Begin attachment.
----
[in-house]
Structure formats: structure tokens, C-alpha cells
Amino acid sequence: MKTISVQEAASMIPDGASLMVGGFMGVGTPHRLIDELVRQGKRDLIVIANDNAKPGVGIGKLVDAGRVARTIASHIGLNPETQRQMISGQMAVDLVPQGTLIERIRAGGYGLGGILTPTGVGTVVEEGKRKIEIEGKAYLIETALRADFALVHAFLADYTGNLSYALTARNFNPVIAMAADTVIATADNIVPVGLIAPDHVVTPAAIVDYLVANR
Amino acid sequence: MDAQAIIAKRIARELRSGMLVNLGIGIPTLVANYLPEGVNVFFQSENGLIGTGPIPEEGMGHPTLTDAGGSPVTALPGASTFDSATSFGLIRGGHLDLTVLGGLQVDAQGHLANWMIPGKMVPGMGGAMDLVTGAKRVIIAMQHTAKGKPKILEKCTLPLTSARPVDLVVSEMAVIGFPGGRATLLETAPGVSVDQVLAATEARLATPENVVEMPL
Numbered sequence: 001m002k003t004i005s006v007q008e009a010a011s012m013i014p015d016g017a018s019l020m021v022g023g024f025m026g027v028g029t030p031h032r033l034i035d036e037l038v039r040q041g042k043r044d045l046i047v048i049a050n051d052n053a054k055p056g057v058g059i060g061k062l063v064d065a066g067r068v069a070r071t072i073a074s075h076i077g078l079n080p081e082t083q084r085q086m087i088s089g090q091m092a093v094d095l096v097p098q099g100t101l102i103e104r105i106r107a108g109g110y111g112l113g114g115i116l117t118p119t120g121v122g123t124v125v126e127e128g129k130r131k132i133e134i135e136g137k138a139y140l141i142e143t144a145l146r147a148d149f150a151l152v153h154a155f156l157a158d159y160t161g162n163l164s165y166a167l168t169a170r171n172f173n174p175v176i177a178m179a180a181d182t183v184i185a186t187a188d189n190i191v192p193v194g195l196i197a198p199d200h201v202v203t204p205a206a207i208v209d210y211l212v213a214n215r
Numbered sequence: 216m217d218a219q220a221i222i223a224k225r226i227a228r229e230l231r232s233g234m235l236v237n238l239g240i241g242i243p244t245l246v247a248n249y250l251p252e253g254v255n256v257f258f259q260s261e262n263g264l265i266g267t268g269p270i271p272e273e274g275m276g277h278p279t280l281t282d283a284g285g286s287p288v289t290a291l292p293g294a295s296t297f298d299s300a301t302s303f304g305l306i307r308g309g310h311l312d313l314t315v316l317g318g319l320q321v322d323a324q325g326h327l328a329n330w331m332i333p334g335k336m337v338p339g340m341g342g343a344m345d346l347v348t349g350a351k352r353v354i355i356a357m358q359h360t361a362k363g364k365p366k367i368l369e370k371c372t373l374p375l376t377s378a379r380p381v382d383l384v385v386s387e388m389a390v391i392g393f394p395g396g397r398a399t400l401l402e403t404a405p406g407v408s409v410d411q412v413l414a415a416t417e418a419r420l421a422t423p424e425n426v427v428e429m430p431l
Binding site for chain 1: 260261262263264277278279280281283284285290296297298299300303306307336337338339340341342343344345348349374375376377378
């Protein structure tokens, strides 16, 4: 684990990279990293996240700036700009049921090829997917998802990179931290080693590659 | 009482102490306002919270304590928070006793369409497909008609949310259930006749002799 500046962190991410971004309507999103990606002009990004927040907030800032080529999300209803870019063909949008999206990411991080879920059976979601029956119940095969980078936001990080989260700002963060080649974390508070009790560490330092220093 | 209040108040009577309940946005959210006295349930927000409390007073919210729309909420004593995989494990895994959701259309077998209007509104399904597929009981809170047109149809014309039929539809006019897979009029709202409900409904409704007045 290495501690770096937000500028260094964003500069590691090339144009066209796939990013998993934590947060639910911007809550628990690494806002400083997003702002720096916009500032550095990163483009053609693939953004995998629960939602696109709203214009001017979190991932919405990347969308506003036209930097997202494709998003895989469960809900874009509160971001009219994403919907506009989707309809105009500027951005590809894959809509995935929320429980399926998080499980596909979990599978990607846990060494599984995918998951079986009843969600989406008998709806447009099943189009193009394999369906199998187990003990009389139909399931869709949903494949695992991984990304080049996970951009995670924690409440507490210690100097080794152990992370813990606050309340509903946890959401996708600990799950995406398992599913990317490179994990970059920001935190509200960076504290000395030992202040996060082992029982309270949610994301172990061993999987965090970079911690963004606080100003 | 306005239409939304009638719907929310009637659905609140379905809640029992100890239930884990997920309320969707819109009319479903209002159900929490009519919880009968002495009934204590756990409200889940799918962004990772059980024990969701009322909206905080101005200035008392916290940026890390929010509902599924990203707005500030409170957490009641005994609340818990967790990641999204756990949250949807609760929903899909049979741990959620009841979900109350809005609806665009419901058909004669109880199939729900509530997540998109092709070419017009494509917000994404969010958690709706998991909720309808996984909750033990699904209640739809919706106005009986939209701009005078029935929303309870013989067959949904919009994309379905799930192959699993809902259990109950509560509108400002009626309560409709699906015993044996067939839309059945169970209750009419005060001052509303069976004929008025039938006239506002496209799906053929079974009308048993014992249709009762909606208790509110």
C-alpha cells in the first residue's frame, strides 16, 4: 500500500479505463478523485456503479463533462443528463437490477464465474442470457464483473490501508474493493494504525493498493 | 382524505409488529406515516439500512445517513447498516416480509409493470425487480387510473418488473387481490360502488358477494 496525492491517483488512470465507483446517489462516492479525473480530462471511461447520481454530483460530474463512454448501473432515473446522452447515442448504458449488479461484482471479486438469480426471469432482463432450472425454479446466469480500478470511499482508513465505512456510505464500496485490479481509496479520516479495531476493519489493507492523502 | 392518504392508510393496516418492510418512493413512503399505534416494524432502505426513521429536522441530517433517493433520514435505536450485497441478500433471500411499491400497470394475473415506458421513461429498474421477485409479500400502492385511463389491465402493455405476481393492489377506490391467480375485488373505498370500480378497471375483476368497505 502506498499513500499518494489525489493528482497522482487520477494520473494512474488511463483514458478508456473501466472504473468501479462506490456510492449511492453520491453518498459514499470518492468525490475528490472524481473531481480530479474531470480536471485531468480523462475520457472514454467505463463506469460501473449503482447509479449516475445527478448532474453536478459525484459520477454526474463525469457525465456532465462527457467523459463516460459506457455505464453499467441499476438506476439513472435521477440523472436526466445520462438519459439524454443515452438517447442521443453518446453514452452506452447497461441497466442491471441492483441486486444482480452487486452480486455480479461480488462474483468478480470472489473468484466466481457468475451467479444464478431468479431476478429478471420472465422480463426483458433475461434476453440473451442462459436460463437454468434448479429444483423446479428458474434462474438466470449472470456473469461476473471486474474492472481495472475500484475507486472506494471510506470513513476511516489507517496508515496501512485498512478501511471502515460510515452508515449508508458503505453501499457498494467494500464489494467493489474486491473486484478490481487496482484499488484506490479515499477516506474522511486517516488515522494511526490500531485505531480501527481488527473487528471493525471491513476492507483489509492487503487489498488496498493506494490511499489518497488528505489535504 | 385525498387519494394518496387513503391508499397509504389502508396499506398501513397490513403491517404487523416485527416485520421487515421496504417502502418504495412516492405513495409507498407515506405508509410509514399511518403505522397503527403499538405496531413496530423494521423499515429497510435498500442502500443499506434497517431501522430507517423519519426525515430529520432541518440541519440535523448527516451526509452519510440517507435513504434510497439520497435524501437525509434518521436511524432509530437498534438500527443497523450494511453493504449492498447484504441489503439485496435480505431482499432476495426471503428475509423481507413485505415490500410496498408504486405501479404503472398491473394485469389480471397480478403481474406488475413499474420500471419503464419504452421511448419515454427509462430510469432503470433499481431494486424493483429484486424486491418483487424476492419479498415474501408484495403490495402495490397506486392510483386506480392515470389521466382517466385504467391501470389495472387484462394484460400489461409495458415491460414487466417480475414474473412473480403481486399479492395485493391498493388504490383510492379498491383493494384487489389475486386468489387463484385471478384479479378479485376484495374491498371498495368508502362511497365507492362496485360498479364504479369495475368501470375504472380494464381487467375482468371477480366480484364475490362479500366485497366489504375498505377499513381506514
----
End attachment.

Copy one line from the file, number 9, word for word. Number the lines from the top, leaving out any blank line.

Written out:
C-alpha cells in the first residue's frame, strides 16, 4: 500500500479505463478523485456503479463533462443528463437490477464465474442470457464483473490501508474493493494504525493498493 | 382524505409488529406515516439500512445517513447498516416480509409493470425487480387510473418488473387481490360502488358477494 496525492491517483488512470465507483446517489462516492479525473480530462471511461447520481454530483460530474463512454448501473432515473446522452447515442448504458449488479461484482471479486438469480426471469432482463432450472425454479446466469480500478470511499482508513465505512456510505464500496485490479481509496479520516479495531476493519489493507492523502 | 392518504392508510393496516418492510418512493413512503399505534416494524432502505426513521429536522441530517433517493433520514435505536450485497441478500433471500411499491400497470394475473415506458421513461429498474421477485409479500400502492385511463389491465402493455405476481393492489377506490391467480375485488373505498370500480378497471375483476368497505 502506498499513500499518494489525489493528482497522482487520477494520473494512474488511463483514458478508456473501466472504473468501479462506490456510492449511492453520491453518498459514499470518492468525490475528490472524481473531481480530479474531470480536471485531468480523462475520457472514454467505463463506469460501473449503482447509479449516475445527478448532474453536478459525484459520477454526474463525469457525465456532465462527457467523459463516460459506457455505464453499467441499476438506476439513472435521477440523472436526466445520462438519459439524454443515452438517447442521443453518446453514452452506452447497461441497466442491471441492483441486486444482480452487486452480486455480479461480488462474483468478480470472489473468484466466481457468475451467479444464478431468479431476478429478471420472465422480463426483458433475461434476453440473451442462459436460463437454468434448479429444483423446479428458474434462474438466470449472470456473469461476473471486474474492472481495472475500484475507486472506494471510506470513513476511516489507517496508515496501512485498512478501511471502515460510515452508515449508508458503505453501499457498494467494500464489494467493489474486491473486484478490481487496482484499488484506490479515499477516506474522511486517516488515522494511526490500531485505531480501527481488527473487528471493525471491513476492507483489509492487503487489498488496498493506494490511499489518497488528505489535504 | 385525498387519494394518496387513503391508499397509504389502508396499506398501513397490513403491517404487523416485527416485520421487515421496504417502502418504495412516492405513495409507498407515506405508509410509514399511518403505522397503527403499538405496531413496530423494521423499515429497510435498500442502500443499506434497517431501522430507517423519519426525515430529520432541518440541519440535523448527516451526509452519510440517507435513504434510497439520497435524501437525509434518521436511524432509530437498534438500527443497523450494511453493504449492498447484504441489503439485496435480505431482499432476495426471503428475509423481507413485505415490500410496498408504486405501479404503472398491473394485469389480471397480478403481474406488475413499474420500471419503464419504452421511448419515454427509462430510469432503470433499481431494486424493483429484486424486491418483487424476492419479498415474501408484495403490495402495490397506486392510483386506480392515470389521466382517466385504467391501470389495472387484462394484460400489461409495458415491460414487466417480475414474473412473480403481486399479492395485493391498493388504490383510492379498491383493494384487489389475486386468489387463484385471478384479479378479485376484495374491498371498495368508502362511497365507492362496485360498479364504479369495475368501470375504472380494464381487467375482468371477480366480484364475490362479500366485497366489504375498505377499513381506514